A vote on whether to legalize recreational marijuana will be part of the November 6 statewide ballot, identified as Proposal 18-1, and the Northern Michigan Chamber Alliance is joining groups around the state to oppose the measure.

“Given marijuana’s status at the federal level, and legal liability on both ends for business owners, the Chamber Alliance feels Proposal 18-1 is not right for Michigan at this time,” said Kent Wood, Director of Government Relations for the Chamber Alliance.

{Read Our Issue Brief – Recreational Marijuana}

“Each of the nine chambers took at look at this measure and got feedback from their members. The feedback has been overwhelming in concern about the impacts on business owners in the region. What kind of liability does this open up for employers who are required by law to provide “zero tolerance” workplaces, and how will they test for compliance? Until those concerns are addressed, the Chamber Alliance is opposed to efforts to legalize recreational marijuana,” said Wood.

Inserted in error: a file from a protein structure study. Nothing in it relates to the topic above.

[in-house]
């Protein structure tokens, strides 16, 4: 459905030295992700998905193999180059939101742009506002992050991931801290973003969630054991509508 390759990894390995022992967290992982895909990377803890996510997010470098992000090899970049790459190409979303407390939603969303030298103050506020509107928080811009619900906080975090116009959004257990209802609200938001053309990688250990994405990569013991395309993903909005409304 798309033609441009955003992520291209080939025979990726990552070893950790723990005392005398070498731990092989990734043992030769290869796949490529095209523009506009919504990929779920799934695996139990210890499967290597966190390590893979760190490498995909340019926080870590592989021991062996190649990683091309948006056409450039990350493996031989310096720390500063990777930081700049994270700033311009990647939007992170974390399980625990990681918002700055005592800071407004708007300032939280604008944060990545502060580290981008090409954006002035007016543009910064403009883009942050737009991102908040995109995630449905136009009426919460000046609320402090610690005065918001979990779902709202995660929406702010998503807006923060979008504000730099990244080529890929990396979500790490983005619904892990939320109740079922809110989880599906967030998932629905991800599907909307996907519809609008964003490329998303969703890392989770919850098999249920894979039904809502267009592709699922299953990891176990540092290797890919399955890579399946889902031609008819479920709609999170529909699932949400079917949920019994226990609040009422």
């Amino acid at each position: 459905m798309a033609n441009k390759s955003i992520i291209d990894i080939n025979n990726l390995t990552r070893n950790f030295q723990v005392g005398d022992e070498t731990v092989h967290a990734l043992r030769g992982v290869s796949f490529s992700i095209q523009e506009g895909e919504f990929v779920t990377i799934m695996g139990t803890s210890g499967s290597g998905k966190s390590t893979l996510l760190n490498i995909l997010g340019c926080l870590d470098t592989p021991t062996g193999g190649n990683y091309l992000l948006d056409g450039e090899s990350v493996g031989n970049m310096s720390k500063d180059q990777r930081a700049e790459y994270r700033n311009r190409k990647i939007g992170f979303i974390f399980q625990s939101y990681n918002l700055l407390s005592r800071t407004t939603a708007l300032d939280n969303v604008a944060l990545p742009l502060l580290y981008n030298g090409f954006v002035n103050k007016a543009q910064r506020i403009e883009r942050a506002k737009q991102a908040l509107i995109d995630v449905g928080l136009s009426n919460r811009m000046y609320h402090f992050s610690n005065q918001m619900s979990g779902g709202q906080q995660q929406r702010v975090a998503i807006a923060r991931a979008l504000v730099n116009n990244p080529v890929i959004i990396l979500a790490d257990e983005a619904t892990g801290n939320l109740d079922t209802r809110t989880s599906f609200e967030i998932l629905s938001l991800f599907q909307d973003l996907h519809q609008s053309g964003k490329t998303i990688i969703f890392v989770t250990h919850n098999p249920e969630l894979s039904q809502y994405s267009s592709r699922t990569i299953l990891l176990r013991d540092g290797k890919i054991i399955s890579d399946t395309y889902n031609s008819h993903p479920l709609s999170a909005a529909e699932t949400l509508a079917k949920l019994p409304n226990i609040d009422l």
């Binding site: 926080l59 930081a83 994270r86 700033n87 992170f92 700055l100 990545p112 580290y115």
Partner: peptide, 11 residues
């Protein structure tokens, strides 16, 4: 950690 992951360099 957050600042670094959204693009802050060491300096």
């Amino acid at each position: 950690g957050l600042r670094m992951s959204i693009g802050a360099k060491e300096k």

Highlighting the region’s concerns are:

  • Lack of clarity at the federal level. Marijuana is still illegal under federal law, and it is unclear how the federal government will handle this direct conflict of federal law in certain areas such as states/organizations receiving federal funding, banks dealing with finances, and other businesses providing services for businesses or individuals involved in this trade.